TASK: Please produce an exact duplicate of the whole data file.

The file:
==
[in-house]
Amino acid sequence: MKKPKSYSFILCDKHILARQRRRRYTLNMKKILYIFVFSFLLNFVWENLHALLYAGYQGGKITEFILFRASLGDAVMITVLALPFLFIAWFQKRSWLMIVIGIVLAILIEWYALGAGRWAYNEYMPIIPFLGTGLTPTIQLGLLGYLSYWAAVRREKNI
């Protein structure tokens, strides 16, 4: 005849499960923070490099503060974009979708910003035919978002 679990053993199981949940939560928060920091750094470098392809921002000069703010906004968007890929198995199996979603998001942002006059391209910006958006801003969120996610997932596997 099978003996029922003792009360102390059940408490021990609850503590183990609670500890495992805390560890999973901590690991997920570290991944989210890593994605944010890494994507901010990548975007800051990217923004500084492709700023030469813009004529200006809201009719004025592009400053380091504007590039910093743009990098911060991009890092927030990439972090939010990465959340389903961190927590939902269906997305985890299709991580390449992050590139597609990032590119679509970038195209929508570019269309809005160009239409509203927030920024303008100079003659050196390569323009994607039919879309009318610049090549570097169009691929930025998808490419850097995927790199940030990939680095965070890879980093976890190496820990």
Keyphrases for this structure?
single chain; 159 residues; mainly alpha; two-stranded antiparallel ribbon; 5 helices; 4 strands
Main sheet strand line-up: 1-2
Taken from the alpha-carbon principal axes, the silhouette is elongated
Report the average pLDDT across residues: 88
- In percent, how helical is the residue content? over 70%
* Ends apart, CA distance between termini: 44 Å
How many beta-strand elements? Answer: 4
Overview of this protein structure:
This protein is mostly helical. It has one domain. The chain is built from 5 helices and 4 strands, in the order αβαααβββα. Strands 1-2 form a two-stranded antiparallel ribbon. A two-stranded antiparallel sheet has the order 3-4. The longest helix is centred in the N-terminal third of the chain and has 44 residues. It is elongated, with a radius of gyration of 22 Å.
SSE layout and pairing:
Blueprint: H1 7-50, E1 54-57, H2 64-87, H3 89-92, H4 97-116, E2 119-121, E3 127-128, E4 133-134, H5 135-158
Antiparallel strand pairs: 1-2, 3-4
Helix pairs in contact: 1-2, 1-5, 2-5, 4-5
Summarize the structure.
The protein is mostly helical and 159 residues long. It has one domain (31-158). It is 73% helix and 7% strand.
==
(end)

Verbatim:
[in-house]
Amino acid sequence: MKKPKSYSFILCDKHILARQRRRRYTLNMKKILYIFVFSFLLNFVWENLHALLYAGYQGGKITEFILFRASLGDAVMITVLALPFLFIAWFQKRSWLMIVIGIVLAILIEWYALGAGRWAYNEYMPIIPFLGTGLTPTIQLGLLGYLSYWAAVRREKNI
């Protein structure tokens, strides 16, 4: 005849499960923070490099503060974009979708910003035919978002 679990053993199981949940939560928060920091750094470098392809921002000069703010906004968007890929198995199996979603998001942002006059391209910006958006801003969120996610997932596997 099978003996029922003792009360102390059940408490021990609850503590183990609670500890495992805390560890999973901590690991997920570290991944989210890593994605944010890494994507901010990548975007800051990217923004500084492709700023030469813009004529200006809201009719004025592009400053380091504007590039910093743009990098911060991009890092927030990439972090939010990465959340389903961190927590939902269906997305985890299709991580390449992050590139597609990032590119679509970038195209929508570019269309809005160009239409509203927030920024303008100079003659050196390569323009994607039919879309009318610049090549570097169009691929930025998808490419850097995927790199940030990939680095965070890879980093976890190496820990």
Keyphrases for this structure?
single chain; 159 residues; mainly alpha; two-stranded antiparallel ribbon; 5 helices; 4 strands
Main sheet strand line-up: 1-2
Taken from the alpha-carbon principal axes, the silhouette is elongated
Report the average pLDDT across residues: 88
- In percent, how helical is the residue content? over 70%
* Ends apart, CA distance between termini: 44 Å
How many beta-strand elements? Answer: 4
Overview of this protein structure:
This protein is mostly helical. It has one domain. The chain is built from 5 helices and 4 strands, in the order αβαααβββα. Strands 1-2 form a two-stranded antiparallel ribbon. A two-stranded antiparallel sheet has the order 3-4. The longest helix is centred in the N-terminal third of the chain and has 44 residues. It is elongated, with a radius of gyration of 22 Å.
SSE layout and pairing:
Blueprint: H1 7-50, E1 54-57, H2 64-87, H3 89-92, H4 97-116, E2 119-121, E3 127-128, E4 133-134, H5 135-158
Antiparallel strand pairs: 1-2, 3-4
Helix pairs in contact: 1-2, 1-5, 2-5, 4-5
Summarize the structure.
The protein is mostly helical and 159 residues long. It has one domain (31-158). It is 73% helix and 7% strand.